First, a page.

"Decentralisation has speeded up the issuance of building permits. The privatisation of Electrogaz - the country's water and electricity company - has reduced delays in getting utility connections, easing dealing with licences," says the report.
Burundi, on the other hand, is praised for abolishing its 7 per cent property registration tax.
On the whole, according to the report, attempts at reforms across Africa were uneven - with nearly half the countries on the continent not carrying out any reforms at all.
In total, 24 African countries implemented 49 reforms in 2006/07. That performance was, however, not good enough, as it saw the continent fall from third in last year's rankings to fifth - having been overtaken by South Asia and the Middle East.
Survey results for 2006/07 show that most African countries focused on improving technology at the business registry as the most significant reform that would ease starting of businesses.
According to the report, Kenya improved processes at its company registry, thereby saving entrepreneurs 10 days. Tanzania is also computerising its registry and has succeeded in reducing start-up fees from 92 per cent of annual income to 47 per cent.
Uganda performed poorly in this area, as it was the only East African country listed among the 10 countries worldwide that has the most regulations for business start-up.
In terms of dealing with licences, Kenya and Rwanda were listed among the top reformers on the continent, while Tanzania and Burundi being among those labelled as having "the most difficult to deal with licences."
Kenya's good performance came on the back of having eliminated 110 licences, simplified eight others, and further plans by the government to cut another 314 licences as well as simplify 599 more.
Rwanda on the other hand earned its plaudits in this areas for speeding up the issuance of building and occupancy permits by 24 days after transferring authority from the prefecture to the municipality.
With regard to employing workers, the report says Uganda, with its new labour law, is now one of the 10 countries in the world - along with China, US, Singapore and Australia - that least regulates employment.
"Uganda's Employment Act removed restrictions on weekend work. Employers and employees are free to set the legally required rest day.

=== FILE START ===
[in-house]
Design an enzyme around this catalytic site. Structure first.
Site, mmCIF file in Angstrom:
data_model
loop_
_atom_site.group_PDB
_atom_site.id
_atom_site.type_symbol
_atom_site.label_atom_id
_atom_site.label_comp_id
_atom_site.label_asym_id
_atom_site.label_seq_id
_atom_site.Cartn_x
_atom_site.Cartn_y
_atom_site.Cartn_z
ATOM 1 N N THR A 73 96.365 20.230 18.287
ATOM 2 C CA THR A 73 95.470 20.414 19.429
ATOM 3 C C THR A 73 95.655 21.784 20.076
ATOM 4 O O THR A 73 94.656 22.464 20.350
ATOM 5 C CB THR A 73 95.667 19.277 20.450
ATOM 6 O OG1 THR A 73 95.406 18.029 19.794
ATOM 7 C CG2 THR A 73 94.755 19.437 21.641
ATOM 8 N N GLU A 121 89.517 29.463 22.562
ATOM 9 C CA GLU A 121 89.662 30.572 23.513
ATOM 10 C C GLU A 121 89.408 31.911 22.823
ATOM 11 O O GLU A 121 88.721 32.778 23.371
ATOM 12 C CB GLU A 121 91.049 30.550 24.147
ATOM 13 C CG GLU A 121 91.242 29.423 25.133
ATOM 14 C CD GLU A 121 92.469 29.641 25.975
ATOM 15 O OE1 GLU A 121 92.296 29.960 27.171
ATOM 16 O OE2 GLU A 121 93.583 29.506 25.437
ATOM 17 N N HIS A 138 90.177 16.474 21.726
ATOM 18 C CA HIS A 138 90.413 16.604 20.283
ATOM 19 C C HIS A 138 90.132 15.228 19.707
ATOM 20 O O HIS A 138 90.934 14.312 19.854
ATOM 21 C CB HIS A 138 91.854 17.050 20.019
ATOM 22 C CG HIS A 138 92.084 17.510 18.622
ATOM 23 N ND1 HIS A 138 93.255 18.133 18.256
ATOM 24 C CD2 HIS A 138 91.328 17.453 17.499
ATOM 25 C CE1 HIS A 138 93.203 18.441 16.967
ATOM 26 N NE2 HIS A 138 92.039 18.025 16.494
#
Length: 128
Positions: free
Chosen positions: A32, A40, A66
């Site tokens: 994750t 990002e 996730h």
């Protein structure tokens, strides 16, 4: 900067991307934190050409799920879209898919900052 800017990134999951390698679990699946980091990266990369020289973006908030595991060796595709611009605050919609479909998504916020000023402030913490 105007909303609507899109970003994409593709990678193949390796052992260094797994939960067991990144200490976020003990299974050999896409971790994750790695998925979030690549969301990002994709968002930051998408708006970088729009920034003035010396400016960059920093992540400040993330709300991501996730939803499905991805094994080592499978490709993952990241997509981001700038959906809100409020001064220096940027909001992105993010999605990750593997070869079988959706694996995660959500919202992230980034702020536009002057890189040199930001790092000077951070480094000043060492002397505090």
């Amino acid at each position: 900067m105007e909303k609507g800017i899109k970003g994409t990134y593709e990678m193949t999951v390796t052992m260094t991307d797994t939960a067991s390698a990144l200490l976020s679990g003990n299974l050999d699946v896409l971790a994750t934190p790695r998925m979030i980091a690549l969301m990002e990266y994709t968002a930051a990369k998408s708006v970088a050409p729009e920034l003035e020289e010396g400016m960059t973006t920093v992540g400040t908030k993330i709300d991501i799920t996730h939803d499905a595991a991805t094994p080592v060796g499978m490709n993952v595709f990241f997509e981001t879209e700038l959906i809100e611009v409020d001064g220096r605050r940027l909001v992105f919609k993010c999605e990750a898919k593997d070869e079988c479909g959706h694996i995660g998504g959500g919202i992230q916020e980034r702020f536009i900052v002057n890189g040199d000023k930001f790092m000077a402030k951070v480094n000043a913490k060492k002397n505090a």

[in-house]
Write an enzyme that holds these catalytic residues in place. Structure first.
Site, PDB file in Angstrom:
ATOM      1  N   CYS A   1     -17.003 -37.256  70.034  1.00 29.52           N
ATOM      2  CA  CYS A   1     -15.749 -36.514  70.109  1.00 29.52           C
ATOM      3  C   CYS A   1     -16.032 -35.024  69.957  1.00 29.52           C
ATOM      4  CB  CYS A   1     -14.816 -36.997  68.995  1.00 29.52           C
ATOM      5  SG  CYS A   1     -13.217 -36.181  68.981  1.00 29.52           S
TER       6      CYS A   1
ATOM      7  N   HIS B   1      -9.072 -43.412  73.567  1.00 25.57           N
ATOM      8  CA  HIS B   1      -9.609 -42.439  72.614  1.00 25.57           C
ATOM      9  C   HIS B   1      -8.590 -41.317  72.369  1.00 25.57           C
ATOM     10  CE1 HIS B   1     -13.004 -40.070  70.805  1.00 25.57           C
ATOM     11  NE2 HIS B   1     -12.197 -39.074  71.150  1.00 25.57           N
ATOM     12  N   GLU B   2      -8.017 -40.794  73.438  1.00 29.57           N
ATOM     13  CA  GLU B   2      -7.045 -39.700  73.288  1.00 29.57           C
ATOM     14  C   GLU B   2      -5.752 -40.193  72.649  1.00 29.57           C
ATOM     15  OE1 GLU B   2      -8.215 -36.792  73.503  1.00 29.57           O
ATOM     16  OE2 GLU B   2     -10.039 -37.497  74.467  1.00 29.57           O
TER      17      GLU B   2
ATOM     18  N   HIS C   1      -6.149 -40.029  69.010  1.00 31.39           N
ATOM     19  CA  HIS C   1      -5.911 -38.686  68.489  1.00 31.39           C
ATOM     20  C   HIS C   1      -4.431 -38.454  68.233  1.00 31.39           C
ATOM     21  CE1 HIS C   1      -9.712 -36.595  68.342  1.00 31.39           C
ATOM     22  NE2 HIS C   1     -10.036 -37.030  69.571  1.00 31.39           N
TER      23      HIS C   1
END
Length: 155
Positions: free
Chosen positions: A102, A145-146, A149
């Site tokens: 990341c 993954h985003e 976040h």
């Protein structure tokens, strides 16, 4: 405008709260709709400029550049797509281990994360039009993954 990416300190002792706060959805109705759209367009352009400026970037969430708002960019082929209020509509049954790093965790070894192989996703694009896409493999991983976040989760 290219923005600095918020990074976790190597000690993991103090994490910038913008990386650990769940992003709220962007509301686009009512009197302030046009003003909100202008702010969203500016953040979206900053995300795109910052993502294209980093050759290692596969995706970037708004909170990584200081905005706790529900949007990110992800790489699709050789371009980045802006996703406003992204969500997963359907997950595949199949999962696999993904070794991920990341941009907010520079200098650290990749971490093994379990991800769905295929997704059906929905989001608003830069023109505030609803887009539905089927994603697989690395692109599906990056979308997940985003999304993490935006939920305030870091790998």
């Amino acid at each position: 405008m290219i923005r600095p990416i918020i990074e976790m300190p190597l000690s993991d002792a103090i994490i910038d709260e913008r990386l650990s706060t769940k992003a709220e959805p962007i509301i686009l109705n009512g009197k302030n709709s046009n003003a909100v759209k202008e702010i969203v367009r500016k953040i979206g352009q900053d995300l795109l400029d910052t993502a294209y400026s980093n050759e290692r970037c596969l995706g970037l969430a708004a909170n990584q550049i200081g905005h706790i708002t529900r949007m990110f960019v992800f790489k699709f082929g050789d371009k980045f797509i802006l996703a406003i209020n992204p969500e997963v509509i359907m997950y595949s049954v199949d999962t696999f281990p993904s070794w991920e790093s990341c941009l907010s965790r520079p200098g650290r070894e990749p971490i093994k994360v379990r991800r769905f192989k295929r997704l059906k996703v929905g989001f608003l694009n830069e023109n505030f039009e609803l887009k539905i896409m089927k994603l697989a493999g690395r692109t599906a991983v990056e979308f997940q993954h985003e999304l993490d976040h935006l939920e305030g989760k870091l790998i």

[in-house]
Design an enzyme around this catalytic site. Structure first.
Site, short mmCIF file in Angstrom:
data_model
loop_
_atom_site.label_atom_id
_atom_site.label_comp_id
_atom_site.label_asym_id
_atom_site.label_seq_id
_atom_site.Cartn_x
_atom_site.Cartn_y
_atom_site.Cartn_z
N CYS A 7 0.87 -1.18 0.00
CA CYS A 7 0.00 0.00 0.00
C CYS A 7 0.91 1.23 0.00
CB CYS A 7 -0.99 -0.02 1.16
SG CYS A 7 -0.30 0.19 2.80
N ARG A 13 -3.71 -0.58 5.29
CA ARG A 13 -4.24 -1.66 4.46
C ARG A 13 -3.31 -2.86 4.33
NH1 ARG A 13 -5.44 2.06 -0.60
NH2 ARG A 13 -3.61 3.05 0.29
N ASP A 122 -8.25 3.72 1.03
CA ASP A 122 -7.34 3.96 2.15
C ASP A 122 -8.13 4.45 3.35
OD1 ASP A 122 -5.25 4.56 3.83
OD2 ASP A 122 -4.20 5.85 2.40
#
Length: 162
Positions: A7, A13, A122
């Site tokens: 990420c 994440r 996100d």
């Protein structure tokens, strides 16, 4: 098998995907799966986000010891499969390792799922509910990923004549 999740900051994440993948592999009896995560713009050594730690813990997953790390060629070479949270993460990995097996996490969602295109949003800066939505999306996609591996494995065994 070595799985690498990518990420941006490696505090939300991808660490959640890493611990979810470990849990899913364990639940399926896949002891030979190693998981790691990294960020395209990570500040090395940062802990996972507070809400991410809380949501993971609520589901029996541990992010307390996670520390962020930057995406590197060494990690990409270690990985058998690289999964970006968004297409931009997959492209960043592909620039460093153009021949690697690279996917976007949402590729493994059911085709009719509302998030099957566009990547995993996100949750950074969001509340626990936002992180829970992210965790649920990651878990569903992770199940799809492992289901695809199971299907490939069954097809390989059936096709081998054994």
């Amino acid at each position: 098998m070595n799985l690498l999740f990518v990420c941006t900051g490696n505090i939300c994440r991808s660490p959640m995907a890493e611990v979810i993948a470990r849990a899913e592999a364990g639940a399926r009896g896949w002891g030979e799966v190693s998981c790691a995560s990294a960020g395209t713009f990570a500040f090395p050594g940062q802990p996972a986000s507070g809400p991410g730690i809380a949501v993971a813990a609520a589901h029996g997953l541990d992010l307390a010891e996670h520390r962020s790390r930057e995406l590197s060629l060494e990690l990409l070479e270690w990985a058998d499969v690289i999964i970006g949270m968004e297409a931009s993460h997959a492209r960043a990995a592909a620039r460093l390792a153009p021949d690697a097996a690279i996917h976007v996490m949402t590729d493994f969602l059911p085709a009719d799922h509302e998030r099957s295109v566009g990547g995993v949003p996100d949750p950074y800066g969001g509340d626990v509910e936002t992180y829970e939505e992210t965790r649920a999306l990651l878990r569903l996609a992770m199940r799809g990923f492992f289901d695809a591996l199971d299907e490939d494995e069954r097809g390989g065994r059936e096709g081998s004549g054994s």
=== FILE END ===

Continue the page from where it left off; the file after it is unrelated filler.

"And there is no required premium for working on a rest day, except for overtime. But the law also requires employers to notify unions and the labour commissioner before dismissing 10 or more redundant workers," says the report.
According to the report, the four major reforms that are known to create job opportunities - especially for women, youth and the unskilled - by making it easier for businesses to operate are: Allowing flexible working hours, introducing apprentice wages, lowering dismissal costs, and raising and equalising mandatory retirement ages.
The reforms that were carried out in East Africa in the area of registering property include the liberalisation of the profession of land valuers in Kenya, which has seen the wait for evaluations fall from 34 days to seven, and the abolition of 7 per cent property registration tax in Burundi.
However, although Africa generally had the highest number of reforms in this area for the second year running, according to the report, even more are needed in the future.
"Africa accounts for nine of the 10 most expensive countries in which to register property. And even with the reforms, costs remain steep. With all costs added in, registration in Burkina Faso still costs 12.2 per cent of the property value. In Burundi, the cost is 11.5 per cent, and in Niger, 9 per cent," says the report.
When an investor wants to get credit easily in East Africa, Kenya is a better destination than Rwanda, Tanzania, Uganda and Burundi, according to the report.